In the meantime I have a few mis-matched planters of annuals on the front porch. There is no rhyme or reason to them: one over-sized pink geranium, because it was in full bloom back in May (and has continued to be so most of the summer), a pot of assorted coleus that I have cut back several times and yet it is taking over its spot along with a Boston fern from my grandson’s school flower sale. It’s also out of control. However, they don’t all really work together and so I need a better plan for next year. Any ideas?

And what about the missing vegetable garden? I honestly haven’t missed canning tomatoes (though I will probably miss cooking with them this fall). I bought some beautiful basil at the farmers market to make pesto. I do have pots with rosemary, thyme and parsley on the patio. so I can still duck out and snip what I need for a recipe.

This is Big Ten football country 

Meet Brutus, part OSU mascot, part OSU ambassador.

Columbus is the home of Ohio State University (my husband’s alma mater, but that’s another story) and you only have to be here once, on a fall Saturday, to grasp the football fever that grips Columbus. So, it should not have been a surprise to me — but it was — that when I attended a community event on September 1st — two days before kickoff against Notre Dame — the event had a bit of an OSU pep rally feel to it. EVERYONE — and I do mean EVERYONE — was dressed in some variation of an OSU shirt/hat/socks/shorts, etc. And in fact Brutus, pictured here, joined us for coffee. And that was just the beginning of kick-off weekend. We dropped by a community watch party in a park on Saturday night. It was fun – a huge screen streaming the game, food trucks, and more. Frankly, I am entertained by the fans as much as the game.

Thank you, as always, for stopping by to spend a little time with me. I hope you’re having a great week. And if you’re one of the millions experiencing our extreme weather, I hope the worst is behind you.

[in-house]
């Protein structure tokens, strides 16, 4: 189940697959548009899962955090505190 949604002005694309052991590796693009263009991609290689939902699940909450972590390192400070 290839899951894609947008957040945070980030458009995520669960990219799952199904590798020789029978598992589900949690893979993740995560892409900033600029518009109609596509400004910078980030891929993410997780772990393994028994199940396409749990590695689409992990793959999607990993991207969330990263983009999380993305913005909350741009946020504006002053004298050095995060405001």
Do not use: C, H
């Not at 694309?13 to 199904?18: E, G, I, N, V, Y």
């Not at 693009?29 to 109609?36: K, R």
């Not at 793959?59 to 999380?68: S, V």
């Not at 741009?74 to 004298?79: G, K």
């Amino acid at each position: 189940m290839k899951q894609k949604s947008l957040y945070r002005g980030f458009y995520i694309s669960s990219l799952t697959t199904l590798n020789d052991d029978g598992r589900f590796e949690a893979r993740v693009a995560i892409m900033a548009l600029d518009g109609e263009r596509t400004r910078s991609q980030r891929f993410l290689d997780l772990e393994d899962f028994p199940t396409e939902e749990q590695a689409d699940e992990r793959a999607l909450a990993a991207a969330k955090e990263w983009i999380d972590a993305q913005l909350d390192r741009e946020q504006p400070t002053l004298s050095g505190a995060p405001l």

See you again soon!

In my January Kitchen

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Mise en place on the new cutting board.

January has been a fun month in my kitchen thanks to some new tools from my family. And with new tools, of course, come new recipes and a few new lessons. 

For starters, I have been wanting one of these Boos wooden cutting blocks since I worked on a smaller one at The Cook’s Atelier in France. Working on wood is much kinder to my knives than the vinyl and ceramic mats I have been using. This one is large  ( 15” by 20”) and therefore genuinely heavy. I can’t just snatch it up with one hand, and I may have to re-think how & where I store it, but it’s a delight to work on. It stays in place on the counter and is roomy enough to work with large vegetables, meats, etc.

Wood boards are a bit picky about maintenance. They clean up with soap & water, but must be immediately dried. Wood can be sprinkled with salt, then wiped with lemon  to eliminate strong odors (a.k.a. garlic); wiping with distilled vinegar disinfects the board after cutting raw meat. Treated to regular coats of oil, my board should last a life time.